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The world’s biggest refugee camp has no more room

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Residents of the Dadaab camps collect clothes to donate to newly arrived refugees, most of whom have left all their possessions behind in Somalia, February 2011. Photo: The Guardian/Hamza Mohamed

Stranded in the desert of Kenya’s northeastern province, surrounded by mile upon mile of sand and scrubby bushes, 30,000 people are living in makeshift shelters under a burning sun. The families – having crossed the border from neighbouring Somalia, 80 km away – are headed for the refugee camps of Dadaab. But the three camps in the Dadaab area are already full, and there is nowhere for them to stay.

This is the story of the world’s biggest refugee camp, told by Medecines Sans Frontieres. On arrival, the refugees – most of whom are women and children – have no money, no food, no water and no shelter. It takes 12 days, on average, to receive a first ration of food1, and 34 days to receive cooking utensils and blankets from the UN’s refugee agency, the UNHCR, which runs the camps. Until then they have to fend for themselves in a hostile environment.

A woman displays her UN food assistance card in Dadaab, August 2009. Photo: The Guardian/Spencer Platt/Getty Images

In temperatures of 50 degrees, and fearful of attack by hyenas, the families are building fragile shelters in the desert on the camps’ fringes. They use whatever materials they can find: mostly branches and brushwood, tied together to form domed structures, which they cover with cardboard, polythene or torn fabric – anything to provide some shelter from the unrelenting sun and the choking dust.

The camps of Dadaab are surrounded by barren desert. The three camps – Dagahaley, Hagadera and Ifo – known collectively as the ‘biggest refugee camp in the world’ – were established 20 years ago to house up to 90,000 people escaping violence and civil war in Somalia. With no end to the conflict in sight, there are now more than 350,000 people2 crowded into the camps’ perimeters, while the number of new arrivals is surging. This year, 44,000 new refugees have already been registered, and by the end of 2011 the camps are likely to be home to 450,000 people3, twice the population of Geneva.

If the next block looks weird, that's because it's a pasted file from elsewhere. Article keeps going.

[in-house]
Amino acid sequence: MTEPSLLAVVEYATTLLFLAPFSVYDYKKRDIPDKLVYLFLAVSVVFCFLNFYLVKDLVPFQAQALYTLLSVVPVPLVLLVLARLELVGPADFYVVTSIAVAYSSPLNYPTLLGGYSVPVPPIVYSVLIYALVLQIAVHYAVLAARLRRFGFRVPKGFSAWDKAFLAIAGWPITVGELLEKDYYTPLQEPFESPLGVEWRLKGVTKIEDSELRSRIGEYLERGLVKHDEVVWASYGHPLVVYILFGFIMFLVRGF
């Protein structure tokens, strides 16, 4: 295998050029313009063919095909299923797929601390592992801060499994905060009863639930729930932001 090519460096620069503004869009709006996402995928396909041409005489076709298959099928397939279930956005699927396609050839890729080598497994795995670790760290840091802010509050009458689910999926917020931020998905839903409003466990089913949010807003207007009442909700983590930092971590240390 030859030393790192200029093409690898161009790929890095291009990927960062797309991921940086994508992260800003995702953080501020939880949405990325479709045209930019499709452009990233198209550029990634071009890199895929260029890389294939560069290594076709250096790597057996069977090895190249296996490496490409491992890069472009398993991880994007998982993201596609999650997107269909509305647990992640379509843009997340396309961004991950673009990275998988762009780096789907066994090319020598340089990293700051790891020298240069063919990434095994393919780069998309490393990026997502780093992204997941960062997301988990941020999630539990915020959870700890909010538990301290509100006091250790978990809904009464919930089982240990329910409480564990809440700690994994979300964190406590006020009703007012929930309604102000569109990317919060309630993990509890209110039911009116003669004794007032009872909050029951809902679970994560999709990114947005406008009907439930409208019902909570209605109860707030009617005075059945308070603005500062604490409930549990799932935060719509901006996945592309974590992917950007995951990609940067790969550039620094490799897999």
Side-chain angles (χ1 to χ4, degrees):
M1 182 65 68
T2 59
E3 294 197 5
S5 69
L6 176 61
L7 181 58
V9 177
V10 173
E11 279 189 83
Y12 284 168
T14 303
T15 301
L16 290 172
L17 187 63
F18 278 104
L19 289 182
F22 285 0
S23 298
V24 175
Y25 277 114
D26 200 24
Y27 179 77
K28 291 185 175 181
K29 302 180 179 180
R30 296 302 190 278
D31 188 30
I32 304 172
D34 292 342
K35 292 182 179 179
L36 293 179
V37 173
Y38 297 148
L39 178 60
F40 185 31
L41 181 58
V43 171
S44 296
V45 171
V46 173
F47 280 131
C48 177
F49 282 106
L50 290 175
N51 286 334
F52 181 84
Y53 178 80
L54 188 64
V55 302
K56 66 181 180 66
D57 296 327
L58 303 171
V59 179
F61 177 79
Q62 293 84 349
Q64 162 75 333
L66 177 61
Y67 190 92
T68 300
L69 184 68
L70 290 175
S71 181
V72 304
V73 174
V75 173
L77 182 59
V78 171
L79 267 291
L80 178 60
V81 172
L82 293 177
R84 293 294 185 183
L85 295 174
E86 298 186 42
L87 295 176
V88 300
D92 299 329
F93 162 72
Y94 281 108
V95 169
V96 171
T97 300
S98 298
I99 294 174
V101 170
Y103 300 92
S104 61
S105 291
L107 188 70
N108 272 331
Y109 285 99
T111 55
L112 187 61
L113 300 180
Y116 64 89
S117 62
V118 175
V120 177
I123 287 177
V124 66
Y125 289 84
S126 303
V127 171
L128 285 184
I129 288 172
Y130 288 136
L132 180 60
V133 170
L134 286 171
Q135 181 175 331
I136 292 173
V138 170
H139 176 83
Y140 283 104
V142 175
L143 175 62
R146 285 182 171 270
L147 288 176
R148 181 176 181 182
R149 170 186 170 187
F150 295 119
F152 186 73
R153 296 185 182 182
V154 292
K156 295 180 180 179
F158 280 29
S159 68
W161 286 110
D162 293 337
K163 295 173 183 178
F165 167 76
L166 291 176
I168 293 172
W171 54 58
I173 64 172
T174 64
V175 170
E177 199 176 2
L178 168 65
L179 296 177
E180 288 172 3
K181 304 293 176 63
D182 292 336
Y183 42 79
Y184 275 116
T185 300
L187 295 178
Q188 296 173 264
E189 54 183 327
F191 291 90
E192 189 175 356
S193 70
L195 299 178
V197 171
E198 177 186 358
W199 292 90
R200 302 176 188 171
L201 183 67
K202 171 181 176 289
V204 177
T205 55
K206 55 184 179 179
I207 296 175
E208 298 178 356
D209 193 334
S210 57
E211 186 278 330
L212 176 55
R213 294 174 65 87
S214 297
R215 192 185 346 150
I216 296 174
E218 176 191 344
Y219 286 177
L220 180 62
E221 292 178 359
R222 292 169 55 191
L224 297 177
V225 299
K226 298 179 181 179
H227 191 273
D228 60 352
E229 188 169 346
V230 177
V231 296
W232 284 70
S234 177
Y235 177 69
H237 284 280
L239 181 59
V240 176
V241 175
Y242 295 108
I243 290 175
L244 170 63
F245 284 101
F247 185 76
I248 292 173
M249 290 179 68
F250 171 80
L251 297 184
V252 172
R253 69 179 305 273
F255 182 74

As more and more people crowd the camps and the surrounding desert, the availability of essential services – such as water, sanitation and education – is shrinking, and living conditions are getting rapidly worse. An extension to one of the camps, known as Ifo Extension, which has space for 40,000 refugees and could provide a temporary solution to providing shelter for new arrivals, lies half-built and empty due to a breakdown in negotiations between the Kenyan authorities and the UNHCR.

Somali children attend an outdoor class in Dagahaley camp, June 2009. Photo: The Guardian/Finbarr O'Reilly/Reuters

In a report on the camps The Guardian said that 20 years after the first Somali refugees fled the crisis that ousted President Siad Barre, thousands of people continue to pour across the border from Somalia into north-eastern Kenya into the largest refugee complex in the world. Today, the three refugee camps – Dagahale, Ifo and Hagadera – that make up the overcrowded and chronically underfunded Dadaab complex are home to more than 300,000 people and three generations of refugees.

Mohamad Ali was one of the first to arrive from Somalia when civil war broke out in 1991. He didn’t expect to stay long, but in 20 years he hasn’t set foot outside the complex. Refugees aren’t allowed to leave the camps unless they receive special movement passes. If caught without a pass, they risk arrest, detention or expulsion. Special buses can be taken between each of the complex’s three camps, which are separated from one another by a few kilometres of dust and dry heat.

This is the second time Ali has been made a refugee. Ethnically Somali, he was driven out of his home in Ethiopia to Somalia by the war between the two countries in 1977. He is now 79 years old, and calls Dadaab his home. It’s Kenya’s fourth-largest city, although no Kenyan lives there, he says. The camps were originally designed to house 90,000 people, but with the ongoing crisis in Somalia, official estimates suggest that around 5,000 new refugees arrive each month. Richard Floyer-Acland, the UNHCR representative in Dadaab, put the number closer to 9,000.

Ifo camp in May 1992. Photo: The Guardian/P Moumtzis/UNHCR

Written by makanaka

June 11, 2011 at 19:53

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